Consideration will be given to comments received on or before June 6, 2005. Send an original and three copies of postal or commercial delivery comments to Docket No. 050-15-1, Regulatory Analysis and Development, PPD, APHIS, Station 3C71, 4700 River Road, Unit 118, Riverdale, MD 20737-1238. Online, a link to the NAIS docket and comment form will be available on the NAIS home page at

Once USDA receives feedback on the documents, it will follow the normal rulemaking process before any aspects of the NAIS become mandatory. The public will have the opportunity to submit additional comments on any proposed regulations.

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Clean Diesel Campaign Offers Nonroad Technology Grants

WASHINGTON, DC, May 6, 2005 (ENS) - The U.S. Environmental Protection Agency (EPA) today announced under its National Clean Diesel Campaign that it will be accepting applications for projects that will reduce emissions from nonroad vehicles and equipment.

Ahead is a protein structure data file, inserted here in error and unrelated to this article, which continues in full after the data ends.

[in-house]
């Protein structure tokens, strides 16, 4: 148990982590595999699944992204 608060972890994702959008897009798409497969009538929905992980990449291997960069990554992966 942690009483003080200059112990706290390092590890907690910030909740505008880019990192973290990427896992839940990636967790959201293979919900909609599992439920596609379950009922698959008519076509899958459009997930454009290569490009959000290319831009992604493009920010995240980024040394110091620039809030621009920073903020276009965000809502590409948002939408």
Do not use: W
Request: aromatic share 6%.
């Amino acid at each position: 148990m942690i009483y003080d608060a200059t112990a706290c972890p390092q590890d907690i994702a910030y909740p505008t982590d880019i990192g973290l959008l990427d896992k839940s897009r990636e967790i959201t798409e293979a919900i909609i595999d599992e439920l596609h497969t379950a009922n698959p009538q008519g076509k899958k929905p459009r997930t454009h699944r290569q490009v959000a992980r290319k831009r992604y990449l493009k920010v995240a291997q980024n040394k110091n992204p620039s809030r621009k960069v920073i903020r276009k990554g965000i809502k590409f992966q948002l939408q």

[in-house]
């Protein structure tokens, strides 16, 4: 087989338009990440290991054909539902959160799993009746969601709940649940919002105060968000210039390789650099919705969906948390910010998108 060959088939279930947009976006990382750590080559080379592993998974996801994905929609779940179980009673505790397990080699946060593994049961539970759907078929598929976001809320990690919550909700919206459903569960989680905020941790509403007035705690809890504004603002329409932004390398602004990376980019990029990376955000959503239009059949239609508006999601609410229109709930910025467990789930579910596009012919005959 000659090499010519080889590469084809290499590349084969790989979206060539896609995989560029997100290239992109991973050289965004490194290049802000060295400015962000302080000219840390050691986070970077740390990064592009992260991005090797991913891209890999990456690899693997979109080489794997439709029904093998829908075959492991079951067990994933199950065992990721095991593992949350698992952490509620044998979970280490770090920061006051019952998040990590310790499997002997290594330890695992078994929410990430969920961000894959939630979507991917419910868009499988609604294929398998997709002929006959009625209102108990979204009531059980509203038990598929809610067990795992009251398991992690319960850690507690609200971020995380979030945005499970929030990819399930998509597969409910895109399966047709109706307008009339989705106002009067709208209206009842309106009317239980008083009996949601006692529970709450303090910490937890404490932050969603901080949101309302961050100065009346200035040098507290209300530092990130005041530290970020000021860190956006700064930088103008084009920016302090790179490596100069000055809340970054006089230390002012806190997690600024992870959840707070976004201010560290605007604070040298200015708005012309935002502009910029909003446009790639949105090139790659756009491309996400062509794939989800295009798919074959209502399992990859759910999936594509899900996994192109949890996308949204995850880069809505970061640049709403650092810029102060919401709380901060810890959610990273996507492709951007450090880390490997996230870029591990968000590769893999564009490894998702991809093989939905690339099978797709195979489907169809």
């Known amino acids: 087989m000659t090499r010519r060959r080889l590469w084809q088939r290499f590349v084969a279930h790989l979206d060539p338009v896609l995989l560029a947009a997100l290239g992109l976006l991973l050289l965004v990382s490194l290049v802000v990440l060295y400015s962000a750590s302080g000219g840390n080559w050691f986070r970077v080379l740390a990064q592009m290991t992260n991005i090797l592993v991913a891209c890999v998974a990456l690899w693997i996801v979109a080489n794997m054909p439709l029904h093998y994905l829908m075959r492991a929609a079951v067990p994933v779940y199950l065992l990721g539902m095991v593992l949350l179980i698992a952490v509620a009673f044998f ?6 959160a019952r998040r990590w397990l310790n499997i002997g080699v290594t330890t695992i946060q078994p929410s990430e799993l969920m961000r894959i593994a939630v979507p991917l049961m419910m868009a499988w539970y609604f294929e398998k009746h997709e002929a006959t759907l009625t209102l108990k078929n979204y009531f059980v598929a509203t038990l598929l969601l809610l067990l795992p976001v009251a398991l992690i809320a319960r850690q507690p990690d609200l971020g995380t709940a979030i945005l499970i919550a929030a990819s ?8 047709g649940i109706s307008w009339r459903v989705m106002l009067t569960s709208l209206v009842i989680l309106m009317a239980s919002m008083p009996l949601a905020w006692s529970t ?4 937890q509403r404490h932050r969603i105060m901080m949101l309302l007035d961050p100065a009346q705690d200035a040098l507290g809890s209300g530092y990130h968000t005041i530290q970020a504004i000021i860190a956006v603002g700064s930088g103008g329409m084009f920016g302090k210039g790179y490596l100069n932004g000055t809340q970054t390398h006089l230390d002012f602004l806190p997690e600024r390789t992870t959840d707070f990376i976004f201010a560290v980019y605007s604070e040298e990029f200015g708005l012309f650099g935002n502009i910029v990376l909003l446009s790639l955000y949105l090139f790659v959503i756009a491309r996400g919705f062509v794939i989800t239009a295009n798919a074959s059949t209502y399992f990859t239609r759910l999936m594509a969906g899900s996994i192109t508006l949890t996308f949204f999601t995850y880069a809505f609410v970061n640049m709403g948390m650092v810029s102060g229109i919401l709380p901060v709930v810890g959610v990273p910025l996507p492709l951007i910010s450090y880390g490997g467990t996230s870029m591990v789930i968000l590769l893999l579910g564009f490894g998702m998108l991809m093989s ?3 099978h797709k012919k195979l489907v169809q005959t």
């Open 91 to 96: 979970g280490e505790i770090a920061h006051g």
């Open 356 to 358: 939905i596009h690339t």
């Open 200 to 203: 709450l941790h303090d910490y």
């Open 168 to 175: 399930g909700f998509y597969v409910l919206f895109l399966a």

These projects would reduce diesel emissions through the use of retrofit technologies on various types of vehicles, such as construction, agriculture and port-related equipment.

The agency says it will award between eight and 12 cooperative agreements, ranging in from $50,000 to $150,000.

The deadline for receipt of applications is July 1, 2005.

"Reducing emissions from diesel engines is one of the most important air quality challenges facing the country," the EPA says.

Even with tougher heavy-duty highway engine standards set to take effect over the next decade, over the next 20 years millions of diesel engines already in use will continue to emit large amounts of nitrogen oxides and particulate matter, both of which contribute to serious public health problems.

Diesel exhaust is responsible for "thousands of instances of premature mortality, hundreds of thousands of asthma attacks, millions of lost work days, and numerous other health impacts," the agency says.

The EPA' National Clean Diesel Campaign is the agency's vehicle for reducing the pollution emitted from diesel engines across the country through the implementation of varied control strategies and the involvement of national, state, and local partners.

For additional information on the grant applications, visit:, and for information on EPA's National Clean Diesel Campaign, visit:

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Cranberries Protect Pigs Against Heart Attacks, Strokes